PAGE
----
In the Air Force:
Biomedical Scientist; Chemist/Nuclear Chemist, C2ISREW; Chemist/Nuclear Chemist, RPA; Operations Research Analyst; Operations Research Analyst, Fighter; Operations Research Analyst, Special Operations; Physicist/Nuclear Engineer, Airlift; Physicist/Nuclear Engineer, General; Physicist/Nuclear Engineer, Tanker; Weather Craftsman
In the Army:
Clinical Laboratory; Nuclear and Counterproliferation; Operations Research/Systems Analysis; Research and Engineering; Simulations Operations Officer; Test and Evaluation
Natural sciences managers oversee everything from the manufacture of shampoo, to the design of bigger, better wind turbines, to discoveries that will be written into textbooks. Whether they supervise a team of physicists, chemists, or biologists, natural sciences managers typically have the same objective: develop projects that contribute to society through science. These managers conduct planning for corporate research and development teams. They maintain contact with upper management, sharing project proposals, research findings, and status updates. While about one in four natural science managers work in government, many others work in businesses that depend on research grants. “Working managers” participate directly in scientific research, and tend to have smaller teams. Otherwise, natural science managers are expected to tend to administrative duties, like budgeting, and hiring and managing technicians and staff. Throughout a research project, they check on their staff’s methodologies to make sure lab results are accurate, and consult on technical issues. Most work full time; sometimes more than 40 hours per week. Managers often work in offices, while scientists and working managers work in labs. Almost all have a bachelor’s degree or higher in a scientific field and several years’ work experience as a scientist. Some may obtain additional training in engineering, management, or public administration.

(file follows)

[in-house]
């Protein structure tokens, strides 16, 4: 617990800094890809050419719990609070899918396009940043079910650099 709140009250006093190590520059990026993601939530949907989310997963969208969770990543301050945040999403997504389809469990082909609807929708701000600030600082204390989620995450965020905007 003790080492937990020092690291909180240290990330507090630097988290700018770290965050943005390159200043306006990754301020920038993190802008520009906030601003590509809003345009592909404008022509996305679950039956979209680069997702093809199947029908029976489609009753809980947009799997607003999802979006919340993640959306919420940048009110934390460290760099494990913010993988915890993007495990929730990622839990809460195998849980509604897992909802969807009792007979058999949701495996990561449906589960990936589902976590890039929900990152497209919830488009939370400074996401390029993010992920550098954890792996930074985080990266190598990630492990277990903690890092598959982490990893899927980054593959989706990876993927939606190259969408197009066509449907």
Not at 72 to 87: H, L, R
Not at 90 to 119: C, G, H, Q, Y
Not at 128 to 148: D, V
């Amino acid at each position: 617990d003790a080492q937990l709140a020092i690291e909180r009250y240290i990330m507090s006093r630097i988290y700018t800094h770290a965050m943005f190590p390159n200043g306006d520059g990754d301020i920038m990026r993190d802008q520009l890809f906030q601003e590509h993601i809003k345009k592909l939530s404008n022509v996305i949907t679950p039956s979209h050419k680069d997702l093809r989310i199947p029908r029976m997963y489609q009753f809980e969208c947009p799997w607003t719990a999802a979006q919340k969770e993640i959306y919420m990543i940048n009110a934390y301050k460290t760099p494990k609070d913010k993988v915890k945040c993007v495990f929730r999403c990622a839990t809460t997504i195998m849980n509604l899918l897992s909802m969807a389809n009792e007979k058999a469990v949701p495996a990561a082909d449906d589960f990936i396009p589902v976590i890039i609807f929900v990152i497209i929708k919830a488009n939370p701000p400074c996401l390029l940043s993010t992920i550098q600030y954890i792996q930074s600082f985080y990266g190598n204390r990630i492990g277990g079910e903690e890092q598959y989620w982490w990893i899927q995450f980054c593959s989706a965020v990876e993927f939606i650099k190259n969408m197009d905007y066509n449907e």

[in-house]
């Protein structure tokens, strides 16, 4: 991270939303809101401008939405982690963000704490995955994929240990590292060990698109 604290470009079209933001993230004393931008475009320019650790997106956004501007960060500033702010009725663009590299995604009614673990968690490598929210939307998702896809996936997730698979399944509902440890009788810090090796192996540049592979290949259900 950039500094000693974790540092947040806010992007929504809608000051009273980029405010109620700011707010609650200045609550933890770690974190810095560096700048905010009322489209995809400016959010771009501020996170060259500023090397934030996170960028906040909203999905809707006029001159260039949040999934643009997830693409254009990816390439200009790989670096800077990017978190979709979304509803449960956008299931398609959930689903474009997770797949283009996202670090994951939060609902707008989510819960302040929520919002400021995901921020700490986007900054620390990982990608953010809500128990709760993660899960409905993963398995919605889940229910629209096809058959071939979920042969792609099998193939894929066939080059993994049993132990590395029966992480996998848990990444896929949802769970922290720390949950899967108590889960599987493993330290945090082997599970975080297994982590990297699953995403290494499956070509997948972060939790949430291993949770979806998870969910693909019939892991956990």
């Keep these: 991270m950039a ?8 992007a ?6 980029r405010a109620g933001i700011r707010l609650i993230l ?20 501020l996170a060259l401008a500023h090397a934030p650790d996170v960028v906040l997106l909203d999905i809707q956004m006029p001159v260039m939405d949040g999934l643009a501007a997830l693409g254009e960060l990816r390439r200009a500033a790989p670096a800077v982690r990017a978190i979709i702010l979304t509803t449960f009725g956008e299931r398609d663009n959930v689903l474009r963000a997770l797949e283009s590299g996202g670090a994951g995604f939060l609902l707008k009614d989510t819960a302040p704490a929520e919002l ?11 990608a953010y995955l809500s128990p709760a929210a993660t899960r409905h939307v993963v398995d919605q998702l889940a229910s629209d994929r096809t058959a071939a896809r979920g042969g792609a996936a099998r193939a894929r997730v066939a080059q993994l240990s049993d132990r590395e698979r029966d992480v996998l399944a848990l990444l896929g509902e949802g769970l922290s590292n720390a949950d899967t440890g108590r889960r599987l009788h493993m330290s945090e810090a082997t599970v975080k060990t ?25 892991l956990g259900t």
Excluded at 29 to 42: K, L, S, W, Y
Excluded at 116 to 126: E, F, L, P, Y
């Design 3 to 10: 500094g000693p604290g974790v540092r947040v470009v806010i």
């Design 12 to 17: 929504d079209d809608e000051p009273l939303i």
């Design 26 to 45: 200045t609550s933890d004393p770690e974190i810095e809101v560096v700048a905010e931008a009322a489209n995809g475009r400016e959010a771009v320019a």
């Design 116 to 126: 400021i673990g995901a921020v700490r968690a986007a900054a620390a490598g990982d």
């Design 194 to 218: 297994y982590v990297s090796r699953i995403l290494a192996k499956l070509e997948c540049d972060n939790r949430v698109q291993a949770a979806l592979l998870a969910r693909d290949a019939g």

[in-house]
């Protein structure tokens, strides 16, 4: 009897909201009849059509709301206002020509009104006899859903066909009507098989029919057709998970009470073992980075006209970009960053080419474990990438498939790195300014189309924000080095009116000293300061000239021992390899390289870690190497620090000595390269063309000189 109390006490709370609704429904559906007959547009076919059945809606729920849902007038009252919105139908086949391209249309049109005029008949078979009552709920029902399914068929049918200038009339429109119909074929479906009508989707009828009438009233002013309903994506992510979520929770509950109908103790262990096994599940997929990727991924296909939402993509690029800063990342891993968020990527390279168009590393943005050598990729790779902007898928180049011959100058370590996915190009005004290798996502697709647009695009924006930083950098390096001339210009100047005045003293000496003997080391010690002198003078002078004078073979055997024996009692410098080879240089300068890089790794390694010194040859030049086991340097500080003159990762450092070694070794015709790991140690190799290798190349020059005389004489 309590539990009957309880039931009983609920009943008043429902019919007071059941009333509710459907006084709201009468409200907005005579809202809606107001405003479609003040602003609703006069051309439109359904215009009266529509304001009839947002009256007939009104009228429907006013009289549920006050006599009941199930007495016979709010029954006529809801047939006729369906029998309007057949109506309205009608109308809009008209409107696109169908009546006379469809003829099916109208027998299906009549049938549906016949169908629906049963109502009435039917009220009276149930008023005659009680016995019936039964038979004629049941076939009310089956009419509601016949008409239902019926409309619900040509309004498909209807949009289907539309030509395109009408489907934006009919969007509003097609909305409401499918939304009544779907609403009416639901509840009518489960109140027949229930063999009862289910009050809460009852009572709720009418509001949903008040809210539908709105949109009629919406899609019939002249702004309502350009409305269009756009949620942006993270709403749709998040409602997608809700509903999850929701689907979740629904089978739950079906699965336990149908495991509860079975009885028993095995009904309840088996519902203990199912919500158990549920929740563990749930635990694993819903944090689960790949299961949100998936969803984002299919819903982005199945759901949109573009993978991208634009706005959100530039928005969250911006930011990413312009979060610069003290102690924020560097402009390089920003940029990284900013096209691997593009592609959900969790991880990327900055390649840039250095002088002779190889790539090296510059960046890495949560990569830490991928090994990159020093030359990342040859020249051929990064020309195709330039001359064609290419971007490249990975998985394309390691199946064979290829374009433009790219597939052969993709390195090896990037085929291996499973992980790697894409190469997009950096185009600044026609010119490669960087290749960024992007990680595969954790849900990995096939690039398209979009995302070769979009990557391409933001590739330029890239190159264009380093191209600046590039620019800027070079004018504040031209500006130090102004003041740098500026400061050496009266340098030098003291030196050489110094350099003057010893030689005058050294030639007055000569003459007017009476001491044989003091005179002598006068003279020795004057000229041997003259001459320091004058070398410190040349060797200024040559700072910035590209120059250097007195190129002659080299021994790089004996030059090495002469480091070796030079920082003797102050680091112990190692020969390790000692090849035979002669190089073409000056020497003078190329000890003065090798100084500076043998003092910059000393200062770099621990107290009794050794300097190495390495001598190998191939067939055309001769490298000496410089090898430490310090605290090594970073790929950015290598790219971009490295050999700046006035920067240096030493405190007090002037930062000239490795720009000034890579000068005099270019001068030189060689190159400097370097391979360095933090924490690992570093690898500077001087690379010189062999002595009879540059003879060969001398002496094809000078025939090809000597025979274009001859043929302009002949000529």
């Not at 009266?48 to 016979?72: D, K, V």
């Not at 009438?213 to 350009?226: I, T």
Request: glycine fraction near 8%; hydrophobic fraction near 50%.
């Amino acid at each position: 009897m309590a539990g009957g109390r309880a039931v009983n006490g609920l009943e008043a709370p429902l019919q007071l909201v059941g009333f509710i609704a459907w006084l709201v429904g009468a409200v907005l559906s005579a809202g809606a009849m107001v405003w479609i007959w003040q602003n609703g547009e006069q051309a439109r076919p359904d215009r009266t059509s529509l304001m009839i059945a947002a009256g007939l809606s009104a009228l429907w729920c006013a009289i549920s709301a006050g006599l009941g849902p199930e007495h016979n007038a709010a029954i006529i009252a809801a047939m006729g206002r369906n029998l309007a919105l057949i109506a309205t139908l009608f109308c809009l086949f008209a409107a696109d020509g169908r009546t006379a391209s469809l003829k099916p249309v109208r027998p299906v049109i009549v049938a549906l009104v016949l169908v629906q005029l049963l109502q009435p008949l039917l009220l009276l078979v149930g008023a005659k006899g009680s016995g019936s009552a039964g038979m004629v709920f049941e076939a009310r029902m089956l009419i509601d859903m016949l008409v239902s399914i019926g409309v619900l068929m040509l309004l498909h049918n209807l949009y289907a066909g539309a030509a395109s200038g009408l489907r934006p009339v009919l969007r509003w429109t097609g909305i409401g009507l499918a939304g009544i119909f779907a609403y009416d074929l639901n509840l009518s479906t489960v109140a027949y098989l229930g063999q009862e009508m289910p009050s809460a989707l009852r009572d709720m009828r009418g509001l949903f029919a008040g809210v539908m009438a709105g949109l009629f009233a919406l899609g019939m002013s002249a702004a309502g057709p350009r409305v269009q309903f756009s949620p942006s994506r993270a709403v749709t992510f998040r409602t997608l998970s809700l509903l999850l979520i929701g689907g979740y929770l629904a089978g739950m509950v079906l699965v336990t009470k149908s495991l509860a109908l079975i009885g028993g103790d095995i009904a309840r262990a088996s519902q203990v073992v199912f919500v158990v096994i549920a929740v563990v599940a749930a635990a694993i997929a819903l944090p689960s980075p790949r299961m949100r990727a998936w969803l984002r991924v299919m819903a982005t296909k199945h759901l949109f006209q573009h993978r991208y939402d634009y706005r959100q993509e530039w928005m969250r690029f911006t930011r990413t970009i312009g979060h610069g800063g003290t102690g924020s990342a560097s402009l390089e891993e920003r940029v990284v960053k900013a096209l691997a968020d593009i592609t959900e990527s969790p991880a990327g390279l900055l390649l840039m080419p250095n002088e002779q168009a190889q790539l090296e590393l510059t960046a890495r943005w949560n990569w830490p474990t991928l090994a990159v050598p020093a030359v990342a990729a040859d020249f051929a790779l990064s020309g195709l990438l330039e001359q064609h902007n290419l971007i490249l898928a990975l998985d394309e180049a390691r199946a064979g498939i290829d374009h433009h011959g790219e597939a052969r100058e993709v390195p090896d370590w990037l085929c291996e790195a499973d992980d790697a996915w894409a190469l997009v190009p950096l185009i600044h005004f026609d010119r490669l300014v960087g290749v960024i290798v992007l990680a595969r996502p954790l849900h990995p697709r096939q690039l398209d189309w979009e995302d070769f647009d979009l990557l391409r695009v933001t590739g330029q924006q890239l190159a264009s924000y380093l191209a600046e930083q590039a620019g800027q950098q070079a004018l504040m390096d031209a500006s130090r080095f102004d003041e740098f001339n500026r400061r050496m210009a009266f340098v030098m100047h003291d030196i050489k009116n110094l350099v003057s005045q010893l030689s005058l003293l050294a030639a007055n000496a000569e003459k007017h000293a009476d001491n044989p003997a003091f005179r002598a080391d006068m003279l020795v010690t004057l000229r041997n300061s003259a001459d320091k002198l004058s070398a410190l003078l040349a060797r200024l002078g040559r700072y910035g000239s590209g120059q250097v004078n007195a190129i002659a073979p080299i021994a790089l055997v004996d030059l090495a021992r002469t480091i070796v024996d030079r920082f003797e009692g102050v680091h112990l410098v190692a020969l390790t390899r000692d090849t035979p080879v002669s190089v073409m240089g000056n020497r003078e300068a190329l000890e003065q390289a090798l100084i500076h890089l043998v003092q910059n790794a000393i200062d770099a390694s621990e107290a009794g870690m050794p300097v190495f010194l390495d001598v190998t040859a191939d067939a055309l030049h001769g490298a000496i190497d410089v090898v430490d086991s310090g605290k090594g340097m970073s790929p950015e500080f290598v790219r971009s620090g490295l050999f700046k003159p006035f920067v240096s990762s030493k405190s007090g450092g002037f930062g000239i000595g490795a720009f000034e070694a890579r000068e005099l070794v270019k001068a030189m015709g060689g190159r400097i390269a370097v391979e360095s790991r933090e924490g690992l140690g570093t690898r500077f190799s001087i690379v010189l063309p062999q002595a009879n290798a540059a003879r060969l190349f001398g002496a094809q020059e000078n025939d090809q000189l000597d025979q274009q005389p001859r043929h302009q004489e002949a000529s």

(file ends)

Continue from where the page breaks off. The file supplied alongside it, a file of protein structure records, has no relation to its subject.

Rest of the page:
What they do:
Plan, direct, or coordinate activities in such fields as life sciences, physical sciences, mathematics, statistics, and research and development in these fields.
On the job, you would:
Confer with scientists, engineers, regulators, or others to plan or review projects or to provide technical assistance.
Develop client relationships and communicate with clients to explain proposals, present research findings, establish specifications, or discuss project status.
Plan or direct research, development, or production activities.
Arts and Humanities
Math and Science
arithmetic, algebra, geometry, calculus, or statistics
Safety and Government
law and government
writing things for co-workers or customers
reading work related information
noticing a problem and figuring out the best way to solve it
People and Technology Systems
thinking about the pros and cons of different options and picking the best one
measuring how well a system is working and how to improve it
communicate by speaking
communicate by writing
Ideas and Logic
make general rules or come up with answers from lots of detailed information
use rules to solve problems
choose the right type of math to solve a problem
add, subtract, multiply, or divide
People interested in this work like activities that include leading, making decisions, and business.
They do well at jobs that need:
Attention to Detail
You might use software like this on the job:
Analytical or scientific software
The MathWorks MATLAB
Graphics or photo imaging software
Adobe Systems Adobe Photoshop
IBM Lotus 1-2-3
bachelor's degree or doctoral degree usually needed